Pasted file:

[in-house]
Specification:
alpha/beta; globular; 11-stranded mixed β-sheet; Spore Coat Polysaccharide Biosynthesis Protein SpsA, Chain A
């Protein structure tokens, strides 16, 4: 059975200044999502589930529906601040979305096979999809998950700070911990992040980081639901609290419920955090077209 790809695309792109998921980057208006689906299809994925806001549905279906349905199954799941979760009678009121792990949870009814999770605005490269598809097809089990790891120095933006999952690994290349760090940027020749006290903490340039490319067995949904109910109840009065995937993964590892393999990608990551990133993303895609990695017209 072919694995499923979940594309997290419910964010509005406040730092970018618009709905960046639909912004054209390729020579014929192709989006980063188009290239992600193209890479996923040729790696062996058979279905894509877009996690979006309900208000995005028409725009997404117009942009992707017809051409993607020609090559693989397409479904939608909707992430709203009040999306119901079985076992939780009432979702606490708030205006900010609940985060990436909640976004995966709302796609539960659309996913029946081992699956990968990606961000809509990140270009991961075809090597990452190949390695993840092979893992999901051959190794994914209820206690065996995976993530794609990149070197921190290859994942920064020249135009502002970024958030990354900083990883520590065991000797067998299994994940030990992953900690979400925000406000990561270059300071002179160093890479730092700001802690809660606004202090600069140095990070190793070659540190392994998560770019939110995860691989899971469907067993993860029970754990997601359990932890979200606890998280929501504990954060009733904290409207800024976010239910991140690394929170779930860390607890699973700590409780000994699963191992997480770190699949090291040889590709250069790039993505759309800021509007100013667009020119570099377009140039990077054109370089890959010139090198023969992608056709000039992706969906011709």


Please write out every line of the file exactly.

[in-house]
Specification:
alpha/beta; globular; 11-stranded mixed β-sheet; Spore Coat Polysaccharide Biosynthesis Protein SpsA, Chain A
């Protein structure tokens, strides 16, 4: 059975200044999502589930529906601040979305096979999809998950700070911990992040980081639901609290419920955090077209 790809695309792109998921980057208006689906299809994925806001549905279906349905199954799941979760009678009121792990949870009814999770605005490269598809097809089990790891120095933006999952690994290349760090940027020749006290903490340039490319067995949904109910109840009065995937993964590892393999990608990551990133993303895609990695017209 072919694995499923979940594309997290419910964010509005406040730092970018618009709905960046639909912004054209390729020579014929192709989006980063188009290239992600193209890479996923040729790696062996058979279905894509877009996690979006309900208000995005028409725009997404117009942009992707017809051409993607020609090559693989397409479904939608909707992430709203009040999306119901079985076992939780009432979702606490708030205006900010609940985060990436909640976004995966709302796609539960659309996913029946081992699956990968990606961000809509990140270009991961075809090597990452190949390695993840092979893992999901051959190794994914209820206690065996995976993530794609990149070197921190290859994942920064020249135009502002970024958030990354900083990883520590065991000797067998299994994940030990992953900690979400925000406000990561270059300071002179160093890479730092700001802690809660606004202090600069140095990070190793070659540190392994998560770019939110995860691989899971469907067993993860029970754990997601359990932890979200606890998280929501504990954060009733904290409207800024976010239910991140690394929170779930860390607890699973700590409780000994699963191992997480770190699949090291040889590709250069790039993505759309800021509007100013667009020119570099377009140039990077054109370089890959010139090198023969992608056709000039992706969906011709």